Geoffrey Morrison Posted: Jan 30, 2014 3 comments
2D Performance
3D Performance
Features
Ergonomics
Value
PRICE $999

AT A GLANCE
Plus
Bright 1080p for $1,000
No rainbows (for those who care)
Minus
Contrast ratio is mediocre
Color accuracy is only average

THE VERDICT
Despite a bright image, poor contrast and otherwise average performance put Epson’s 1080p budget projector out of contention at the $1,000 price point.

I guess I shouldn’t have been surprised it was bright. I mean, it’s an Epson projector; of course it was going to be bright. But 42 foot-lamberts and 1080p for $1,000? That’s not too shabby. It’s perhaps even more impressive that all of that light bursts forth from such a tiny package.

Small, bright, a pair of HDMI inputs, even 3D capability: The PowerLite Home Cinema 2030 ticks all the boxes for a projector in our modern era. But box ticking is one thing, and not the thing we’re interested in.

Thomas J. Norton Posted: Dec 06, 2013 0 comments
2D Performance
3D Performance
Features
Ergonomics
Value
PRICE $3,999

AT A GLANCE
Plus
Excellent color
Crisp detail
Punchy image
Minus
Dim 3D
So-so blacks and contrast

THE VERDICT
You won’t find the deepest blacks in this price class, but the HC8000D’s bright, sharp, pleasing 2D picture is worth a look.

It seems like only yesterday that Mitsubishi ended its solitary status as the last holdout in the rear-projection DLP business. Oh, wait, it was only yesterday—at least in geologic HDTV time. But this was by no means the twilight of Mitsubishi Electric’s DLP video ambitions. These live on in a wide range of projectors, including the HC8000D single-chip DLP—a key player in the company’s consumer lineup.

Kris Deering Posted: Aug 22, 2013 0 comments

2D Performance
3D Performance
Features
Ergonomics
Value
Price: $12,000
At A Glance(br) Plus: Best contrast ratio performance ever • Hand-Picked Parts • 3D performance is catching up
Minus: Not true 4K • Loud in high lamp mode

THE VERDICT
The best contrast performance I’ve seen or measured to date and spectacular pixel focus and uniformity.

Earlier this year, I had the chance to review JVC’s spectacular DLA-X55R 3D D-ILA projector and proclaimed it “the best 2D picture I’ve seen from any projector in my room to date.” That was the truth until my personal DLA-X75R arrived shortly after. The DLA-X75R is one up in JVC’s lineup and had improved contrast performance and was actually a bit sharper. So when I was given the opportunity to review JVC’s flagship DLA-X95R I was more than happy to accept. This would give me the opportunity to see just how much improvement JVC’s hand-picked parts added to the performance. Boasting a 130,000:1 native contrast performance while supposedly maintaining the brightness of my DLA-X75R, I was more than intrigued.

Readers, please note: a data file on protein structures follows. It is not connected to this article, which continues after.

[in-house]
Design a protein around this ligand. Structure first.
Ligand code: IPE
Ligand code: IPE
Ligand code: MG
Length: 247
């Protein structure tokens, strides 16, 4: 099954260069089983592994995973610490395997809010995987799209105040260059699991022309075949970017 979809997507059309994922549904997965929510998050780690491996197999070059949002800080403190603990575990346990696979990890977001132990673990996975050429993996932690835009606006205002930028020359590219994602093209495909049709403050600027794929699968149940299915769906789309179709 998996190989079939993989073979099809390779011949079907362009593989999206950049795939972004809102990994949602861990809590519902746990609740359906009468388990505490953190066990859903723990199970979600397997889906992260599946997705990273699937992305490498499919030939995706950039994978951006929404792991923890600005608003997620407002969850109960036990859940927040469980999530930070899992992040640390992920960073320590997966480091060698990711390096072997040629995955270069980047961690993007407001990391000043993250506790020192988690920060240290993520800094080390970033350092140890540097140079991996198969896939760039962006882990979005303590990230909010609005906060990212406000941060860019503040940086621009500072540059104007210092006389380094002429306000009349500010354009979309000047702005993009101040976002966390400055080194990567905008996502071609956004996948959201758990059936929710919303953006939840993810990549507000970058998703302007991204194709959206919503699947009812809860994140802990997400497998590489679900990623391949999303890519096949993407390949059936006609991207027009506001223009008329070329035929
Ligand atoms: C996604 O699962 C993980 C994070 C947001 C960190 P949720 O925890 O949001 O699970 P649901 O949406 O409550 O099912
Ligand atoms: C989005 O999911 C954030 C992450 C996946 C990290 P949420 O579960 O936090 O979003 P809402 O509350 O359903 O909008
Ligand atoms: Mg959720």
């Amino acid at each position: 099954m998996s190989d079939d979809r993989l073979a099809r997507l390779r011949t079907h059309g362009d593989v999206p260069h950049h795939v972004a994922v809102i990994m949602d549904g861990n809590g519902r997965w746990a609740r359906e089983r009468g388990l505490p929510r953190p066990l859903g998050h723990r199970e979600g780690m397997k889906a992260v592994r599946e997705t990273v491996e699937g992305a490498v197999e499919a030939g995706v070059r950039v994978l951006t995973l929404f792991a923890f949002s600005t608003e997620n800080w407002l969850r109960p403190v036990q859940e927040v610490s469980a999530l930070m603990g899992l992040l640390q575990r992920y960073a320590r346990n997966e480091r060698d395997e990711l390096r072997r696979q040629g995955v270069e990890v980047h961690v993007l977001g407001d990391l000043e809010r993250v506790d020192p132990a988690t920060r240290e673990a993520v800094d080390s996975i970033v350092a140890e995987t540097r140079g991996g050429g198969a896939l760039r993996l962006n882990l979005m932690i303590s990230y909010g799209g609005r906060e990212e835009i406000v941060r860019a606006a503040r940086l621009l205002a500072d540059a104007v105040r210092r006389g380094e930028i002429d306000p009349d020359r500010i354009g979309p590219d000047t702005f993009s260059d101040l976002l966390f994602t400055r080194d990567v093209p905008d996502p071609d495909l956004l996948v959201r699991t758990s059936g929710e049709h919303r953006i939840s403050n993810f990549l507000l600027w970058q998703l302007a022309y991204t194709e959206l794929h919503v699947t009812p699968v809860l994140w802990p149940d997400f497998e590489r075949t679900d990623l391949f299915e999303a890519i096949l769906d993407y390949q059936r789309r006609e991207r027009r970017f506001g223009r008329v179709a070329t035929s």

Thomas J. Norton Posted: Jun 28, 2013 0 comments
2D Performance
3D Performance
Features
Ergonomics
Value
Price: $1,000 At A Glance: Stunning brightness • Good color and detail • Mediocre black level and contrast

While our subject here is the W1070 home theater projector from BenQ, there’s more than a little business projector DNA in its genes. How else to explain a single-chip DLP design that’s a third the size and weight of most dedicated home theater models, has built-in audio with grim but usable mono sound, is equipped with a “digital zoom” that magnifies the image within the frame set by the standard zoom control (just the thing for a close examination of that quarterly profit and loss spreadsheet), still offers an S-video input, and has a relatively close-throw lens with a significant vertical offset?

Thomas J. Norton Posted: May 08, 2013 6 comments

2D Performance
3D Performance
Features
Ergonomics
Value
Price: $3,000 At A Glance: Superior 2D color and adjustability • Crisp resolution • Outstanding value

Epson is one of the world’s most prolific projector manufacturers, serving both the business and home markets. The company’s current flagship home theater model, the PowerLite Pro Cinema 6020UB, sells for $4,000. But for $2,700, you can buy the PowerLite Home Cinema 5020UB. The latter omits the spare lamp, ceiling mount, additional warranty year, and all-black case that come standard with the 6020UB.

Kris Deering Posted: Feb 28, 2013 2 comments

2D Performance
3D Performance
Features
Ergonomics
Value
Price: $5,000 At A Glance: Improved 3D performance • Quasi-4K performance at a lower price • Industry-leading contrast

JVC has been Home Theater’s standard bearer for reference quality, high-value displays these past few years, with one model or another finding its way into the reference systems of several members of our reviewing staff. There are projectors out there that outperform it in one way or another, but you’d be hard pressed to find any full line that performs as consistently well overall as JVC’s. This year’s lineup doesn’t introduce a lot of new features but does offer refinements to last year’s already strong line. For this review, I looked at the newest addition, the DLA-X55R. This is the only brand-new model, occupying a middle price point of $5,000 between the $3,500 entrylevel DLA-X35 and the more feature-laden DLA-X75R at $8,000. Notably, it brings JVC’s e-shift 4K technology to a new low price point.

Thomas J. Norton Posted: Feb 14, 2013 2 comments
2D Performance
3D Performance
Features
Ergonomics
Value
Price: $3,499 At A Glance: Crisp and detailed picture • Good black levels • Thorough but com- plex calibration controls

Panasonic entered the home theater projector market in 2001. But the company already had decades of experience in the business projector world, beginning with CRTs in 1975 and later moving into its current mix of LCDs and DLPs. All of the company’s home theater designs have used LCD imaging chips, however, and the PT-AE8000U is the latest link in a long chain dating back to that 2001 model, the PT-AE100.

Geoffrey Morrison Posted: Feb 06, 2013 0 comments

Winter is my favorite season, when all the past year’s new flat-panel TVs have been reviewed and I can switch my attention to projectors. This season was particularly bountiful, as I was able to score three of the best projectors on the market for review. Sony’s VPL-HW50ES, plus an Epson and a JVC, all arrived on my doorstep within a few days of one another. Not too shabby, that. Time for a roundup.